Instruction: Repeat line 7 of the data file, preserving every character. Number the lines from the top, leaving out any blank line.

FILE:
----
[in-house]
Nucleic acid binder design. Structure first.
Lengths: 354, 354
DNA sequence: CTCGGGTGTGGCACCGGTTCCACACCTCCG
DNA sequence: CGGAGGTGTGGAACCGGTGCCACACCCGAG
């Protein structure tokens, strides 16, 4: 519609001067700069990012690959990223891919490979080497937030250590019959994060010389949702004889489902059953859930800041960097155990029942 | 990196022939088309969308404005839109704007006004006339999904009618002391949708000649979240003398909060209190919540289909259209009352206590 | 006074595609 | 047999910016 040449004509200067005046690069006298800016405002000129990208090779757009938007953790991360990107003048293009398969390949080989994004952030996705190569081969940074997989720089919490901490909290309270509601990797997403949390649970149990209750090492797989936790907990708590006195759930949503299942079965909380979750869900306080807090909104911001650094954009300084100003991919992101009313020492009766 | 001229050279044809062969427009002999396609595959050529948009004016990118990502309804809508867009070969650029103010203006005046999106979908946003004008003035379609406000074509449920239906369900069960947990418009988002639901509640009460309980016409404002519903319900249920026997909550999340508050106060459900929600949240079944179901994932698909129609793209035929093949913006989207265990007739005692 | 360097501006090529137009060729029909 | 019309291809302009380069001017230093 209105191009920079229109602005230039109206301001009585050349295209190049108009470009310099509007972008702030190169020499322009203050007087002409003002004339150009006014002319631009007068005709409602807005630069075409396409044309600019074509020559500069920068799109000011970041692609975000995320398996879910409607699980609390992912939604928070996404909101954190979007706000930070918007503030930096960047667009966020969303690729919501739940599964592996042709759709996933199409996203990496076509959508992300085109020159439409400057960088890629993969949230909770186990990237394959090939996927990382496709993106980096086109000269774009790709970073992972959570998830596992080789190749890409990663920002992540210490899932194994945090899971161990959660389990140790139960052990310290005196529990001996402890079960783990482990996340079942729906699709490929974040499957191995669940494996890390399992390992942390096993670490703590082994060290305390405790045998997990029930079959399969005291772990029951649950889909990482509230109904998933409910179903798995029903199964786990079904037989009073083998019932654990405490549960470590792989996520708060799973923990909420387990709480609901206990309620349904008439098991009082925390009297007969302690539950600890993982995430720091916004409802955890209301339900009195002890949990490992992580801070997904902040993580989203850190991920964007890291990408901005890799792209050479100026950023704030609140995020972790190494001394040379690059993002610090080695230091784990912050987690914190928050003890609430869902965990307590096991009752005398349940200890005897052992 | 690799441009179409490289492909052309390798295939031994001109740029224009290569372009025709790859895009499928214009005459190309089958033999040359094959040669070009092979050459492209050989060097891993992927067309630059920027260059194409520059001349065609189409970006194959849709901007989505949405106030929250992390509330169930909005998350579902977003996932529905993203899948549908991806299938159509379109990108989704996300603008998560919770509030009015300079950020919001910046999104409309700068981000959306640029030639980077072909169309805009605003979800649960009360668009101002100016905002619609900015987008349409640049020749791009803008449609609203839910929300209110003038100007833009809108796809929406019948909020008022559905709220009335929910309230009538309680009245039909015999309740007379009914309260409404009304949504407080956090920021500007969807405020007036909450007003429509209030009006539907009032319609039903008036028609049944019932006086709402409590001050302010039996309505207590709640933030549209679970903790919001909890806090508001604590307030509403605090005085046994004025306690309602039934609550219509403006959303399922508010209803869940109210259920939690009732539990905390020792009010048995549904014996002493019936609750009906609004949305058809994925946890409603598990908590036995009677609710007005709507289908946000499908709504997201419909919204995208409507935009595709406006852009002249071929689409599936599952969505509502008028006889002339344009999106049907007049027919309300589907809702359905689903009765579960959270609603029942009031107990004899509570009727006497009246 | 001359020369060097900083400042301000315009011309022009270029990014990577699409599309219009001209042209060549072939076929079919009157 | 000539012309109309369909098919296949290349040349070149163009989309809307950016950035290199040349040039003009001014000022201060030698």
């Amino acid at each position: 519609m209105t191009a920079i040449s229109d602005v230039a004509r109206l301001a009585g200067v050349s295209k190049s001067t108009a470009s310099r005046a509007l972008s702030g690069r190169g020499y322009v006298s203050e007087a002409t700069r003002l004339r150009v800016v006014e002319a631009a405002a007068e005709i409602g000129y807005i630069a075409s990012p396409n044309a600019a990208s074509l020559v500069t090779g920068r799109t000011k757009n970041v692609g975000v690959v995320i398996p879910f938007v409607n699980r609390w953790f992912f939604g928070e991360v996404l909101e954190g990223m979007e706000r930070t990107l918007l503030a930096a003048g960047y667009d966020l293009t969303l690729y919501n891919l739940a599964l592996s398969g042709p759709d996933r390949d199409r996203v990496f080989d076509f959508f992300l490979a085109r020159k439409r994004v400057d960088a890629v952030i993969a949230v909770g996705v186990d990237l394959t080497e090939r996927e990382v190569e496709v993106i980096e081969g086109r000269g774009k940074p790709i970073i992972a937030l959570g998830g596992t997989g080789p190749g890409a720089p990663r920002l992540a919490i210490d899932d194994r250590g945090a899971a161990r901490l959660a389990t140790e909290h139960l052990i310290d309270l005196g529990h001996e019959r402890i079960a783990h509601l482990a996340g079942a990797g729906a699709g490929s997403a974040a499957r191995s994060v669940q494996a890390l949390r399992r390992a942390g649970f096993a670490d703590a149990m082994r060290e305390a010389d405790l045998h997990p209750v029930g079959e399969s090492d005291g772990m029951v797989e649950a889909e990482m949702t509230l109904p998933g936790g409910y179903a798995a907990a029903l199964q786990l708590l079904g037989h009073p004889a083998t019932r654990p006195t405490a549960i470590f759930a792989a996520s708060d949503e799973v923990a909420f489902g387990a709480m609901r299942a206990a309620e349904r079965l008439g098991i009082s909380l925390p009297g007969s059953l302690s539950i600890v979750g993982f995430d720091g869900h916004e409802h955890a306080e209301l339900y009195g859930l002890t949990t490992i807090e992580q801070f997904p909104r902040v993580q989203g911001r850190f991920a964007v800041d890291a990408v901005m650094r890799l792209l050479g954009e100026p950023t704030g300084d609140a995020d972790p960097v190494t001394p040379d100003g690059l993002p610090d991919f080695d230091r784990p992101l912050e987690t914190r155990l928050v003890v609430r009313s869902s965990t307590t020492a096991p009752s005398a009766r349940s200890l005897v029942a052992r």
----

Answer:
């Amino acid at each position: 519609m209105t191009a920079i040449s229109d602005v230039a004509r109206l301001a009585g200067v050349s295209k190049s001067t108009a470009s310099r005046a509007l972008s702030g690069r190169g020499y322009v006298s203050e007087a002409t700069r003002l004339r150009v800016v006014e002319a631009a405002a007068e005709i409602g000129y807005i630069a075409s990012p396409n044309a600019a990208s074509l020559v500069t090779g920068r799109t000011k757009n970041v692609g975000v690959v995320i398996p879910f938007v409607n699980r609390w953790f992912f939604g928070e991360v996404l909101e954190g990223m979007e706000r930070t990107l918007l503030a930096a003048g960047y667009d966020l293009t969303l690729y919501n891919l739940a599964l592996s398969g042709p759709d996933r390949d199409r996203v990496f080989d076509f959508f992300l490979a085109r020159k439409r994004v400057d960088a890629v952030i993969a949230v909770g996705v186990d990237l394959t080497e090939r996927e990382v190569e496709v993106i980096e081969g086109r000269g774009k940074p790709i970073i992972a937030l959570g998830g596992t997989g080789p190749g890409a720089p990663r920002l992540a919490i210490d899932d194994r250590g945090a899971a161990r901490l959660a389990t140790e909290h139960l052990i310290d309270l005196g529990h001996e019959r402890i079960a783990h509601l482990a996340g079942a990797g729906a699709g490929s997403a974040a499957r191995s994060v669940q494996a890390l949390r399992r390992a942390g649970f096993a670490d703590a149990m082994r060290e305390a010389d405790l045998h997990p209750v029930g079959e399969s090492d005291g772990m029951v797989e649950a889909e990482m949702t509230l109904p998933g936790g409910y179903a798995a907990a029903l199964q786990l708590l079904g037989h009073p004889a083998t019932r654990p006195t405490a549960i470590f759930a792989a996520s708060d949503e799973v923990a909420f489902g387990a709480m609901r299942a206990a309620e349904r079965l008439g098991i009082s909380l925390p009297g007969s059953l302690s539950i600890v979750g993982f995430d720091g869900h916004e409802h955890a306080e209301l339900y009195g859930l002890t949990t490992i807090e992580q801070f997904p909104r902040v993580q989203g911001r850190f991920a964007v800041d890291a990408v901005m650094r890799l792209l050479g954009e100026p950023t704030g300084d609140a995020d972790p960097v190494t001394p040379d100003g690059l993002p610090d991919f080695d230091r784990p992101l912050e987690t914190r155990l928050v003890v609430r009313s869902s965990t307590t020492a096991p009752s005398a009766r349940s200890l005897v029942a052992r």